Northern lights in Scotland tonight


This video from Norway says about itself:

This video explains how particles originating from deep inside the core of the sun create northern lights, also called aurora borealis, on our planet.

From Scotland Now:

Scotland set for a beautiful Northern Lights display

Sep 12, 2014 00:01

SCOTLAND could be set for a beautiful display of the Northern Lights .

The bright dancing lights, known as the aurora borealis, could be on display in Scotland and across other parts on the UK tonight (Friday 12).

This is because there have been two large explosions on the Sun and huge amounts of magnetically charged particles have been hurled into space towards Earth.

Known as Coronal Mass Ejection (CME), they can produce many different colours, with green, pink, red, blue and yellow all possible.

Often the particles are deflected by the earth’s magnetic field, so the best places to witness it are close to the poles where the field is weakest.

The Met Office said it is expecting there to be some cloud and localised fog patches around on Friday night but there should also be some clear skies.

It recommends finding somewhere away from street lights and says the best chance of seeing the aurora will be around midnight.

Earlier this year, we told you that catching a glimpse of the Northern Lights topped a bucket list of things Scots wanted to do before they die .

A survey of 2000 people by the National Lottery placed seeing the aurora borealis natural phenomenon above any other personal desire.

See also here.

ISIS terrorism, Bush’s and Blair’s legacy


This video from England says about itself:

16 June 2014

[Conservative] London mayor Boris Johnson tells Saint Tony Blair of New Labour to shut up about the current Iraq fighting mess, as it was his illegal war that started the problems.

From daily The Morning Star in Britain:

Iraq war led to Isis mess, [First Minister of Scotland] Salmond claims

Friday 5th September 2014

THE ongoing situation in Iraq is an “inescapable consequence” of US and British military intervention

Islamic State militants have killed two US journalists and are threatening the life of a British hostage.

Mr Salmond said he was not apportioning individual responsibility in terms of the hostage situation, but was commenting on the “generality of the consequences” of the 2003 war and occupation.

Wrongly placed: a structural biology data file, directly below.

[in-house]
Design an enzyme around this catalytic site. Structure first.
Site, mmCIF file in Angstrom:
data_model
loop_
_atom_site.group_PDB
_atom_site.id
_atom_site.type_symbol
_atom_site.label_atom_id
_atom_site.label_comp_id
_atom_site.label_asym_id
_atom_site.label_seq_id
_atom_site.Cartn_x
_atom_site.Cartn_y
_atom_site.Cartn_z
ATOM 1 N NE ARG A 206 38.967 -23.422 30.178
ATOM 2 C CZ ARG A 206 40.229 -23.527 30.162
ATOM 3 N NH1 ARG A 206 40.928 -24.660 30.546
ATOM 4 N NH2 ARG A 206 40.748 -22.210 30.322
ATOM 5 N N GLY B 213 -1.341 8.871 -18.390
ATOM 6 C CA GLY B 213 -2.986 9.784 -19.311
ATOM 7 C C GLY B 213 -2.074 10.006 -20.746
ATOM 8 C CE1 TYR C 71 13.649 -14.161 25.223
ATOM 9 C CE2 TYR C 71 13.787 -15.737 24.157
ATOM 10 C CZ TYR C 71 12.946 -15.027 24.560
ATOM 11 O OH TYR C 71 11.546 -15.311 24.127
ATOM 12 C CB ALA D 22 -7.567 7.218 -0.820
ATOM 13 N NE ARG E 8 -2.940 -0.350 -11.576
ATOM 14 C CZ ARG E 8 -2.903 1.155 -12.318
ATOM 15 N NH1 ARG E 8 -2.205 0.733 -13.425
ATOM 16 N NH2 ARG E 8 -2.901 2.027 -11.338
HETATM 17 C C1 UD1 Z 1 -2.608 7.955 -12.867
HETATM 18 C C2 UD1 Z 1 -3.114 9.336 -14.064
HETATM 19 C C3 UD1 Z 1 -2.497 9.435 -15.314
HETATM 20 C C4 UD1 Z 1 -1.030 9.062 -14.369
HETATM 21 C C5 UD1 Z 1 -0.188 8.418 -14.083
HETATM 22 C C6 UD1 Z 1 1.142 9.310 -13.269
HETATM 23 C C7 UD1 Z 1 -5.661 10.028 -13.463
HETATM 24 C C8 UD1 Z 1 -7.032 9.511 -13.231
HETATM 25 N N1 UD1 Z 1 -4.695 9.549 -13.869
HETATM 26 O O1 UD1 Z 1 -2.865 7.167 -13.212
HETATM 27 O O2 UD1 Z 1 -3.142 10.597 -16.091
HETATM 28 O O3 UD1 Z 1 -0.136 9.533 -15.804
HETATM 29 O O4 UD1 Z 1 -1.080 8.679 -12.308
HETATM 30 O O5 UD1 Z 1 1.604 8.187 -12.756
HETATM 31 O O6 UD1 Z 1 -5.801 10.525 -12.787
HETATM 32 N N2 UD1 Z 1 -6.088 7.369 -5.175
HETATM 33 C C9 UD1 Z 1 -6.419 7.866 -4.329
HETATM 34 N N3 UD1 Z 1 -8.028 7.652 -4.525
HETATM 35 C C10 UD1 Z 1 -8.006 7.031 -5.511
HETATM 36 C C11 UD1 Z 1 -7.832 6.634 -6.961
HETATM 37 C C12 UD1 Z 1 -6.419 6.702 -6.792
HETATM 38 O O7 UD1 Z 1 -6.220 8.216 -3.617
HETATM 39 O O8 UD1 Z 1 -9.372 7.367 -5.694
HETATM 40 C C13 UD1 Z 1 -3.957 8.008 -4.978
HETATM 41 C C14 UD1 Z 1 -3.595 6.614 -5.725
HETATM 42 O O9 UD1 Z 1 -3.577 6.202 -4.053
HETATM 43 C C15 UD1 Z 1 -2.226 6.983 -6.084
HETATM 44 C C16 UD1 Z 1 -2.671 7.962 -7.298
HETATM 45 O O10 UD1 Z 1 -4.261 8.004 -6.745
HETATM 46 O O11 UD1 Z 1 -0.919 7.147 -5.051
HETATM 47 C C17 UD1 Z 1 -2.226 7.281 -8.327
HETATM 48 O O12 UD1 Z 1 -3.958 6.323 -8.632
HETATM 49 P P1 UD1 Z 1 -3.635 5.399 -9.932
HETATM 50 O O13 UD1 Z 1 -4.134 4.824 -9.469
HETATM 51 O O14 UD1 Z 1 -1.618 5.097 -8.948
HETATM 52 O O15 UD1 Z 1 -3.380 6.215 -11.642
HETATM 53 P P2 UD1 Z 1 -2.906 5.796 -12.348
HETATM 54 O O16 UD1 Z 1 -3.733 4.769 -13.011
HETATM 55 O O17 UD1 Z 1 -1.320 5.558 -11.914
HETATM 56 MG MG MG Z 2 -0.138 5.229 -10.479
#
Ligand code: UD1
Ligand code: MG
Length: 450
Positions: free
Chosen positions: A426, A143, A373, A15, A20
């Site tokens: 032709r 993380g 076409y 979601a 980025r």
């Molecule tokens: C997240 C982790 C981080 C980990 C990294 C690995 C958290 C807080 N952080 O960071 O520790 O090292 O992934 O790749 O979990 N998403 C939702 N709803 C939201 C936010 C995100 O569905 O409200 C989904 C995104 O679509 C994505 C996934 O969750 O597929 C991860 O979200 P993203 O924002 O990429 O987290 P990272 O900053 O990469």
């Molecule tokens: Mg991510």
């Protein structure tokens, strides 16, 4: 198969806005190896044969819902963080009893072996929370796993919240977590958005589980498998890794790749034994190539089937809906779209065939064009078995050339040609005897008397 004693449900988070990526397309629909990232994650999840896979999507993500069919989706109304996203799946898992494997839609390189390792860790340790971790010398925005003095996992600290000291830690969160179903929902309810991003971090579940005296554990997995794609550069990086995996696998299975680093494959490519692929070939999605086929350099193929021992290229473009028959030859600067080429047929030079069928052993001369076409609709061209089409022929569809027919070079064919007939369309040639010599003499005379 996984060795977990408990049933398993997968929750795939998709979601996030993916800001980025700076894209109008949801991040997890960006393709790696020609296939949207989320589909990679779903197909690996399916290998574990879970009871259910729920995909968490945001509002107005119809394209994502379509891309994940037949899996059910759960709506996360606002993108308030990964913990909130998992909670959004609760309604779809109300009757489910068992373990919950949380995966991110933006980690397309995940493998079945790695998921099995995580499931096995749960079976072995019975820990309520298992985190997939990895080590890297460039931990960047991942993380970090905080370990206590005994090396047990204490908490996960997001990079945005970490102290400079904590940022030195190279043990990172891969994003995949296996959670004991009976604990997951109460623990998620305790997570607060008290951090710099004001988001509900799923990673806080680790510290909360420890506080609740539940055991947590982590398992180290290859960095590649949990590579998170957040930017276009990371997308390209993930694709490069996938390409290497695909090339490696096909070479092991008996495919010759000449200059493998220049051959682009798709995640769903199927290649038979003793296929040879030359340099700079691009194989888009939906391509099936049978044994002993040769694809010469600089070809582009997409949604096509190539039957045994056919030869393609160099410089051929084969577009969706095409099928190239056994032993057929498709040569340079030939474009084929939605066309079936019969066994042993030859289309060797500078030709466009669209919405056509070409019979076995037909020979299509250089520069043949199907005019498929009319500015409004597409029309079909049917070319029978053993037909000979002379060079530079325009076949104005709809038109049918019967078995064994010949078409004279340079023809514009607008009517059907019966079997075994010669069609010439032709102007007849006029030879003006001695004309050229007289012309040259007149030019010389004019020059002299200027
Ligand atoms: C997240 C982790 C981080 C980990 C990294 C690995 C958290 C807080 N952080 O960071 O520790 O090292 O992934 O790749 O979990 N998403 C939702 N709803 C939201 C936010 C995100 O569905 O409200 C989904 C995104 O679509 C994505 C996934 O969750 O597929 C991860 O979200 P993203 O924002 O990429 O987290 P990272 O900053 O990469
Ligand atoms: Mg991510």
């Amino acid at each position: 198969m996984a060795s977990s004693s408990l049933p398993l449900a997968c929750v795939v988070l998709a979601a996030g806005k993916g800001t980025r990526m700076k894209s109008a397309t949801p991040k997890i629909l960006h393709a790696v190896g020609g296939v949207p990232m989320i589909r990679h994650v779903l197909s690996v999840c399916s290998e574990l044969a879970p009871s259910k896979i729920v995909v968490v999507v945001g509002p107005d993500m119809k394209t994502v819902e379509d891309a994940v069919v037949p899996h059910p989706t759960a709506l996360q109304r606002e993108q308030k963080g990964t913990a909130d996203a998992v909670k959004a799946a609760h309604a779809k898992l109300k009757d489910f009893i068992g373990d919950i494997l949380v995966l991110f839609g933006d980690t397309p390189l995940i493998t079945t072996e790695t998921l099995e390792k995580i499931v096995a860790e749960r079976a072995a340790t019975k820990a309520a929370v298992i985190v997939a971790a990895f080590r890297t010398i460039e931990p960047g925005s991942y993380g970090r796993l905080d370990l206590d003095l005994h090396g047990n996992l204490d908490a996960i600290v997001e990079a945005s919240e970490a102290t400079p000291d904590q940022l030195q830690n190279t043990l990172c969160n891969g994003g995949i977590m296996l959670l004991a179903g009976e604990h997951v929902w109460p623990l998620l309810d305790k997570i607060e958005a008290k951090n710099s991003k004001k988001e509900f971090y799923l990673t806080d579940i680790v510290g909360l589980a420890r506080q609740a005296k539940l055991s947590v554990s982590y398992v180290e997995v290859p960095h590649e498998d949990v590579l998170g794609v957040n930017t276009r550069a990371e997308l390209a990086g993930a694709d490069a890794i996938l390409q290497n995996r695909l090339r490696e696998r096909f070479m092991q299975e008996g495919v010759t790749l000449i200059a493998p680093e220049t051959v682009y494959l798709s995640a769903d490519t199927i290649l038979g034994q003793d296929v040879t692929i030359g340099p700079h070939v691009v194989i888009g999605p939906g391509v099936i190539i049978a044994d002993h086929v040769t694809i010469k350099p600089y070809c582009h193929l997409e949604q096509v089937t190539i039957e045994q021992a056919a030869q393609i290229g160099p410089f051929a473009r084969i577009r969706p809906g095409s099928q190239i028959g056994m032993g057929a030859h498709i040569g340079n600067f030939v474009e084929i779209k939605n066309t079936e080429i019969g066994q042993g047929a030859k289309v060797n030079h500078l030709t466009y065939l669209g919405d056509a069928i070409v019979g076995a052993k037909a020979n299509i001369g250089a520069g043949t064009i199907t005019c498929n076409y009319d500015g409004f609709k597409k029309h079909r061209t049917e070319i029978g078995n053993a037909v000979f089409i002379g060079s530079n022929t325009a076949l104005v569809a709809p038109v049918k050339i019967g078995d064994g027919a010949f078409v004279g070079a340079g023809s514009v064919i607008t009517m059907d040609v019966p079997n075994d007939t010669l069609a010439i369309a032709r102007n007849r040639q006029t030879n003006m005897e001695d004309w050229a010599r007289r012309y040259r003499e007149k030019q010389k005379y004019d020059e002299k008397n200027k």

Speaking to ITV Border, Mr Salmond said: “On the more general point, I believe the tragedy we are seeing unfold every night on our television screens is the inescapable consequence of the illegal invasion of Iraq in 2003.

“We have allowed that country to become a hotbed of sectarianism, of fanaticism, of violence, of murder and of terrorism.

“But even more culpability lies in the fact that they did not prepare for the aftermath of the invasion and they have allowed to happen to that country, and to the rest of us, this absolute appalling nightmare that is unfolding day after day on our television screens.”

His comments come after Prime Minister David Cameron said he will not rule out air strikes against the so-called Islamic State.

Theatre in Scotland about the extreme right


This video about theatre in Britain is called There Has Possibly Been An Incident: Interview with Chris Thorpe.

By Mike Quille, writing about the Edinburgh Festival in Scotland:

Reality checks with a future

Wednesday 3rd September 2014

MIKE QUILLE recommends two plays on far-right extremism that merit wider exposure beyond an apolitical festival

GIVEN the open, if undeclared, war being waged by the ruling classes across Britain and the energising effect of the referendum debate on Scottish politics, you might think that this year’s festival would have provided more in the way of artistic critiques, protest and alternative imaginings.

Yet much of the theatre on offer seemed unwilling to “stimulate a desire for understanding, a delight in changing reality,” to quote Bertholt Brecht.